If you need the machine for work, and I do, then these machines, despite their price, are worth serious consideration, particularly because of the low power draw, and the way in which they run cool, and hence don't need to use the fan anywhere near as often as previous generations of Intel based models. My current 2016 machine often sounds like a hoover, which is not great if I need to record a voice over!

'Good enough'?

Have we now reached a similar point to the one we got to with HD video, where most computers can handle the footage, in this case 4K, pretty well? Possibly so. The way the new MacBooks handle video is greatly helped by hardware encoding and decoding of both ProRes and HEVC video. The big question is how this translates into the handling of any newer, possibly more processor intensive codecs further down the line. In theory there should be enough grunt to handle such things along with some overhead, but you never know. It'll be interesting to see how they compare in terms of handling multiple streams of 8K ProRes RAW in FCP, which the new machines have specific hardware to deal with, versus BRAW within Resolve, for which the new machines don't.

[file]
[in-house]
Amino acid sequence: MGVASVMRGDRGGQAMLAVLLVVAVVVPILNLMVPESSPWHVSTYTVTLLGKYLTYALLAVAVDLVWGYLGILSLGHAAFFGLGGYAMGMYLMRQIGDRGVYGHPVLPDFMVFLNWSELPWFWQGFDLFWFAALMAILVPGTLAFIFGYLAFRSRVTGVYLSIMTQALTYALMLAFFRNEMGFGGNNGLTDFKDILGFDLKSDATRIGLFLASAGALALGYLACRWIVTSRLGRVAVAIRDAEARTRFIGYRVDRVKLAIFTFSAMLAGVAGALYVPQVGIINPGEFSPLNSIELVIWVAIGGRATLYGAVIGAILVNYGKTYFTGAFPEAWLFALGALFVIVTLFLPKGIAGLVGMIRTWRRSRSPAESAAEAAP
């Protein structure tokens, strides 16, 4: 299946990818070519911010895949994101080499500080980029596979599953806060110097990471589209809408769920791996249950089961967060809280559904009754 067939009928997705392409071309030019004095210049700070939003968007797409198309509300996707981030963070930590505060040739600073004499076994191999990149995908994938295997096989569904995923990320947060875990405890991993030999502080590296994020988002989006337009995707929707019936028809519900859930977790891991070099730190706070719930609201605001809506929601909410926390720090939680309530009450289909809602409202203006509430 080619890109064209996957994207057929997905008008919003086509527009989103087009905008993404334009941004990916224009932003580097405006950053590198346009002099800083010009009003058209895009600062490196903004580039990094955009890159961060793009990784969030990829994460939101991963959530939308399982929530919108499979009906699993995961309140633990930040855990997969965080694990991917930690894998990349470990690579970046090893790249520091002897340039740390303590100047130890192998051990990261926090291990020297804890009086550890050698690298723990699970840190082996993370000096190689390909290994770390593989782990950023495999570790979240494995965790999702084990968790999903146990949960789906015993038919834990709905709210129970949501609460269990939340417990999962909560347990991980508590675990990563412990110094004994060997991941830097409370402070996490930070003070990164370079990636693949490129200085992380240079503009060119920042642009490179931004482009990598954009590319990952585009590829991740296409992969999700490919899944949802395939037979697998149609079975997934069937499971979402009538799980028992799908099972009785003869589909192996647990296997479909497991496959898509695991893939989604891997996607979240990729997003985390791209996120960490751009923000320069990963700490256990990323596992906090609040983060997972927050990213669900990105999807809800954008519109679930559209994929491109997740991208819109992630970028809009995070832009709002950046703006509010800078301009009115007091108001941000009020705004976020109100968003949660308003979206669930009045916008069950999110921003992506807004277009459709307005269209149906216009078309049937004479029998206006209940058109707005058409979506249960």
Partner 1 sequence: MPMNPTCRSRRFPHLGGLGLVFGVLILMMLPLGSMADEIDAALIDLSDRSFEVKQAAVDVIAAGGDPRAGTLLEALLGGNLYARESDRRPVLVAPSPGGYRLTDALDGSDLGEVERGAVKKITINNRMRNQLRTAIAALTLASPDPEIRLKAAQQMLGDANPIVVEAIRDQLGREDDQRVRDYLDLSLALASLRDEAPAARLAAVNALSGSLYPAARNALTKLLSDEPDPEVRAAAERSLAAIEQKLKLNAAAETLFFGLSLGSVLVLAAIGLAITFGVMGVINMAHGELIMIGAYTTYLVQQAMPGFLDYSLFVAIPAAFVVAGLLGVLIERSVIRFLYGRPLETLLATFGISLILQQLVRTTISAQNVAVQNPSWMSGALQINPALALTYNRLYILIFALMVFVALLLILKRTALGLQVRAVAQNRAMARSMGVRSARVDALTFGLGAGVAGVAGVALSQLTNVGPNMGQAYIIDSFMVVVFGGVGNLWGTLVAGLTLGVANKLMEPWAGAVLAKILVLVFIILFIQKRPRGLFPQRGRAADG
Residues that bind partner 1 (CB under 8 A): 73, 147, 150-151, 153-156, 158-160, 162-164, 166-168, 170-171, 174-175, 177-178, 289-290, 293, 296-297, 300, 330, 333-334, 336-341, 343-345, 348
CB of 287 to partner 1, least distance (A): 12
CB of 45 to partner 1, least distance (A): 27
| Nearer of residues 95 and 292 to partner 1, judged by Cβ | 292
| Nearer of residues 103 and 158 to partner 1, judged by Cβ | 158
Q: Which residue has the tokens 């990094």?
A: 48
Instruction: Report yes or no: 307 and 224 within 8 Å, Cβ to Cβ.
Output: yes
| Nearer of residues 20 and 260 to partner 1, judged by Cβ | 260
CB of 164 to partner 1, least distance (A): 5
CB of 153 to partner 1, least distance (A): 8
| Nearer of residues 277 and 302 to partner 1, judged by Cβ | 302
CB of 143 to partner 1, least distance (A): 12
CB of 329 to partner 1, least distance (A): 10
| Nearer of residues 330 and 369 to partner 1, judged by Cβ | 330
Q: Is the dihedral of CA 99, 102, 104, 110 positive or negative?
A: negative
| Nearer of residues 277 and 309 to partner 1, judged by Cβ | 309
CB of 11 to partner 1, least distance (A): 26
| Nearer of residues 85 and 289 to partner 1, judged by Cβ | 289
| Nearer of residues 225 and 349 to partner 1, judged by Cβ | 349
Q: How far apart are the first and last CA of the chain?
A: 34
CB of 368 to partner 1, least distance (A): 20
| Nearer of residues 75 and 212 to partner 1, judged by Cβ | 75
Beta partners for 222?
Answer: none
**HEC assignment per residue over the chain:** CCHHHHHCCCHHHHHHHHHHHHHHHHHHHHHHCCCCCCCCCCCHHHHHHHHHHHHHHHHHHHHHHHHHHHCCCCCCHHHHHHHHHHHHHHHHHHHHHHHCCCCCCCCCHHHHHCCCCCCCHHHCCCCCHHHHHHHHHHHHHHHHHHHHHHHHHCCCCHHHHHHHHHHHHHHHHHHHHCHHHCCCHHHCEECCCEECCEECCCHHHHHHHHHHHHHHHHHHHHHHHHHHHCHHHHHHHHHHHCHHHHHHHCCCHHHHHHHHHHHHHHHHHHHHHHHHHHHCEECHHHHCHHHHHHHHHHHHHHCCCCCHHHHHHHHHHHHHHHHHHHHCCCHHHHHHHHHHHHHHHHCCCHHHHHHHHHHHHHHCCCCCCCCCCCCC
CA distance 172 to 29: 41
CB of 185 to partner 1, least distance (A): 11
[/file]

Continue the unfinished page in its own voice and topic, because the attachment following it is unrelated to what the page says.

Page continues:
A question that often arises with video quality is, when is it 'good enough'? That is to say, when does video reach a point where any further improvement is so small that it makes no tangible difference. Computing is slightly different. Most VFX artists could find a way to max out even the most powerful machine if they wanted to. Video production on the other hand can still be demanding, but in a general sense there's a maximum amount we generally want to do when it comes to picture adjustment. We might want a base correction layer, a creative grading layer, a sharpening layer, maybe a colour transform and a noise reduction layer. It's rare to need tons and tons of secondary corrections and tracking. But even if you do, it would appear these new machines will handle it like a hot knife through butter.

For myself I just want to be able to scrub through a timeline as fast as my hand can guide the timeline marker, even if I have a number of grading nodes applied. I don't want to have to use proxy files, or reduce the playback resolution. And I want rendering output of the final file to be in realtime or faster. I'd like to be able to use software like Topaz Labs Video Enhance AI without having to set aside a day for the machine to calculate the result. Lastly I want this performance in a machine that I can take with me anywhere. It does appear that the new MacBook Pros might just have made this a reality.

Tags: Technology CPUs computing microchip Arm GPUs Apple